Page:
Santiago is the capital of, and the largest city in, Chile. It is the centre of Chile's most densely populated region, the Santiago Metropolitan Region. The current population of Santiago is more than 6.8 million, which is 35% of the entire country's population.
While Santiago has modernized greatly in the past couple of decades and has seen vast socio-economic growth, poverty and income inequality both remain significantly high.
Since 1967, SOS Children’s Villages has been supporting children, young people and families and advocating for their rights in Santiago-Madreselvas.
Around 23% of young children who should be in school, do not actually go to school. Many of these children who are not enrolled in school come from poverty-stricken households and neighbourhoods.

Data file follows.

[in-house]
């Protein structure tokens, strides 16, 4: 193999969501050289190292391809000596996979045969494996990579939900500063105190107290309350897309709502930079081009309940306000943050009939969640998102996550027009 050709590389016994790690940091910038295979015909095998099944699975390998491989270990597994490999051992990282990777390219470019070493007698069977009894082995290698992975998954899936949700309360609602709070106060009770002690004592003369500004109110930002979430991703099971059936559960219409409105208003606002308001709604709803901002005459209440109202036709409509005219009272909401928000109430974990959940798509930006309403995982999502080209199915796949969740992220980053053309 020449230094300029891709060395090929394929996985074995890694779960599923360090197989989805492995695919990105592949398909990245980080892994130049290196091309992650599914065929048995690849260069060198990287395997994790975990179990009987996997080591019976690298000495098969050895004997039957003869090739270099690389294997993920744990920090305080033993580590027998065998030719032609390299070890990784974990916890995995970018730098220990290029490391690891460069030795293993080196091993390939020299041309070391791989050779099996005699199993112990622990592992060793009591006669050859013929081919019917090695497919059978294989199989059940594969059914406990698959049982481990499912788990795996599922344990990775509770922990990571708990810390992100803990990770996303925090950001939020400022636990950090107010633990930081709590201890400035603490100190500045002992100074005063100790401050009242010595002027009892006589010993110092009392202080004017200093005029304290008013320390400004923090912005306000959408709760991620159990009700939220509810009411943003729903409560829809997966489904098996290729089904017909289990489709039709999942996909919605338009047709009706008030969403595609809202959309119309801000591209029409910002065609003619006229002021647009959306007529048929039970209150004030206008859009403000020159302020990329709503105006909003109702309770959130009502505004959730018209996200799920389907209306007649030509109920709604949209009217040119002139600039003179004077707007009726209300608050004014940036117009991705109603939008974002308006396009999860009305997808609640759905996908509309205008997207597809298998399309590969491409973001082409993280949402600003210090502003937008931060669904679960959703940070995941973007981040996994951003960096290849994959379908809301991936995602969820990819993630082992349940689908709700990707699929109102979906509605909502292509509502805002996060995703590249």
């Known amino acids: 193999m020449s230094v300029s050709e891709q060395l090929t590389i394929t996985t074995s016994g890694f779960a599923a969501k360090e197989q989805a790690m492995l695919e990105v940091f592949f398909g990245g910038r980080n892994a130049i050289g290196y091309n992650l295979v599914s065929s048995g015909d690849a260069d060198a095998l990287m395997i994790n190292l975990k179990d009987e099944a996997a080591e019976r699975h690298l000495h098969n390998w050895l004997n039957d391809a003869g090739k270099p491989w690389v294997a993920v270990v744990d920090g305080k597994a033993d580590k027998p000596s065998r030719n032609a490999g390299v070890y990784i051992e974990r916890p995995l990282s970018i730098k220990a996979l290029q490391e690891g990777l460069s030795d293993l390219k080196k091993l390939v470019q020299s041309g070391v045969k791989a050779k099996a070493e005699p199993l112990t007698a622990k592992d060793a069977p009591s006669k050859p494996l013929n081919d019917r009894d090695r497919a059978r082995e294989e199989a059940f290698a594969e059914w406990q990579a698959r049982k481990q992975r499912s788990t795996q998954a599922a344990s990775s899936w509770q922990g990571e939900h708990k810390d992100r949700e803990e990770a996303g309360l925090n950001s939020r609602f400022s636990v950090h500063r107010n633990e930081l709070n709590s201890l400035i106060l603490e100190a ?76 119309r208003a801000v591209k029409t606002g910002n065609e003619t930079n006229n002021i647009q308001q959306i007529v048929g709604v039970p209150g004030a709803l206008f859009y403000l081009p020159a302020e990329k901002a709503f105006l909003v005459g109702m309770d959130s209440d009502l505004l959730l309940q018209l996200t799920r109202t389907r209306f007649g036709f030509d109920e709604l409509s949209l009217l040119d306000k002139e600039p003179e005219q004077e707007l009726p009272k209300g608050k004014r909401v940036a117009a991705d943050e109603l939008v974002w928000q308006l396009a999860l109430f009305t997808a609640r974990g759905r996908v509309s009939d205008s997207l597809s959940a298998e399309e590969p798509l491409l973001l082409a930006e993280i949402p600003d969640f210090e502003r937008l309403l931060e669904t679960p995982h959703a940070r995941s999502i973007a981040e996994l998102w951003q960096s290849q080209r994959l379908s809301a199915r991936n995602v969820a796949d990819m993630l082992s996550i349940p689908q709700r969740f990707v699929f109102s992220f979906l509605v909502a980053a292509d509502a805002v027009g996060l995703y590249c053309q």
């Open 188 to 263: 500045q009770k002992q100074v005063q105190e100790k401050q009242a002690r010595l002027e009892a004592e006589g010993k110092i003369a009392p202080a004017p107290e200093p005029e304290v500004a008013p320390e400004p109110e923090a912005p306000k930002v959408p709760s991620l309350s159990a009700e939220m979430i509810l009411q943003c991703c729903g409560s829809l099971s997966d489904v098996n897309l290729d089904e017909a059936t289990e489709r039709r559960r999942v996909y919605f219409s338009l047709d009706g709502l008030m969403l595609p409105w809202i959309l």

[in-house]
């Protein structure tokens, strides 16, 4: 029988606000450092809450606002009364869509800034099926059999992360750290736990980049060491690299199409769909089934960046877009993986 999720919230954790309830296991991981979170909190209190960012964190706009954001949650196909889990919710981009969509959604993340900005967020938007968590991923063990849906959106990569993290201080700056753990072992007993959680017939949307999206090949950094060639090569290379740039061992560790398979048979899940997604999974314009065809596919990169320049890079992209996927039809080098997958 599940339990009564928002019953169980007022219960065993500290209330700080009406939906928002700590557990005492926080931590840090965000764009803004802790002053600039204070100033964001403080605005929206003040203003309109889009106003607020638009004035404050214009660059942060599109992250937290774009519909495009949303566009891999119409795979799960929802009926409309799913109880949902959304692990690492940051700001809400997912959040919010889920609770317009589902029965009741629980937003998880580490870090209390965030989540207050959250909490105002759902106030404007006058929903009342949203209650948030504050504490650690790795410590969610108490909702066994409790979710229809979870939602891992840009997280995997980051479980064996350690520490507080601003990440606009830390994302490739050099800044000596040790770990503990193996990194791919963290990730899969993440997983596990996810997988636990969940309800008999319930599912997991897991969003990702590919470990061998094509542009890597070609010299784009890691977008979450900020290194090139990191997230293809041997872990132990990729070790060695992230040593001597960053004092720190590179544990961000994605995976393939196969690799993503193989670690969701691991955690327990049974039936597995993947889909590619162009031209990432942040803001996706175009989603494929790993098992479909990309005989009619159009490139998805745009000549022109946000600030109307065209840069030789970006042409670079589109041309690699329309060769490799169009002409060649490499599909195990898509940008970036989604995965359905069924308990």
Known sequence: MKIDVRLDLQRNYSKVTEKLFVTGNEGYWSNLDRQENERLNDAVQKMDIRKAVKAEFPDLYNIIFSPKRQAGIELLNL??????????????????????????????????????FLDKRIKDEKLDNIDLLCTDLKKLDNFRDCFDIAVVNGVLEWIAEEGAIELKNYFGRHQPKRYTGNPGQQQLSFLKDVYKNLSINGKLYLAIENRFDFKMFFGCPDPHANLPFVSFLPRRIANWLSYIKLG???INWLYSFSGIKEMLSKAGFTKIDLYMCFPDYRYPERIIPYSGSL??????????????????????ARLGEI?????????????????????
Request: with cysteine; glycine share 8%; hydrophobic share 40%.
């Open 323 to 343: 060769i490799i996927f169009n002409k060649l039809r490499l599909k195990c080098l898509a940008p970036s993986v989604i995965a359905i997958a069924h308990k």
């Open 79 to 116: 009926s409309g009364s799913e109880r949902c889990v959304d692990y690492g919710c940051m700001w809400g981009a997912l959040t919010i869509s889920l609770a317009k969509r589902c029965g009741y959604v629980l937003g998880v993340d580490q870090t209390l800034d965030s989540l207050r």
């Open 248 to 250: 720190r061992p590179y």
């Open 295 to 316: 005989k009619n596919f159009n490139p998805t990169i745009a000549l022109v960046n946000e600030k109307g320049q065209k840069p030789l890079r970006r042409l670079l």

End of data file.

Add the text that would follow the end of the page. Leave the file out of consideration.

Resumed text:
Children between the ages of 5 and 17 are often forced to drop out of school to contribute to the family earnings.
Several surveys have revealed a close relationship between educational levels and wage inequality. Without a basic education, employment opportunities remain scarce.
While 9% of the population in Santiago lives in poverty, throughout Chile there is an unequal distribution of wealth. Poverty eradication measures have been mostly successful around the region. However, policies to address income inequality have been overlooked.
A recent study showed that the income of the richest in Chile was 13.6 times greater than those of the poorest. Some Chilean workers in the metropolitan areas earn $550 a month or less. Inflation and increasing costs of a partially privatized education system has made access to basic needs challenging.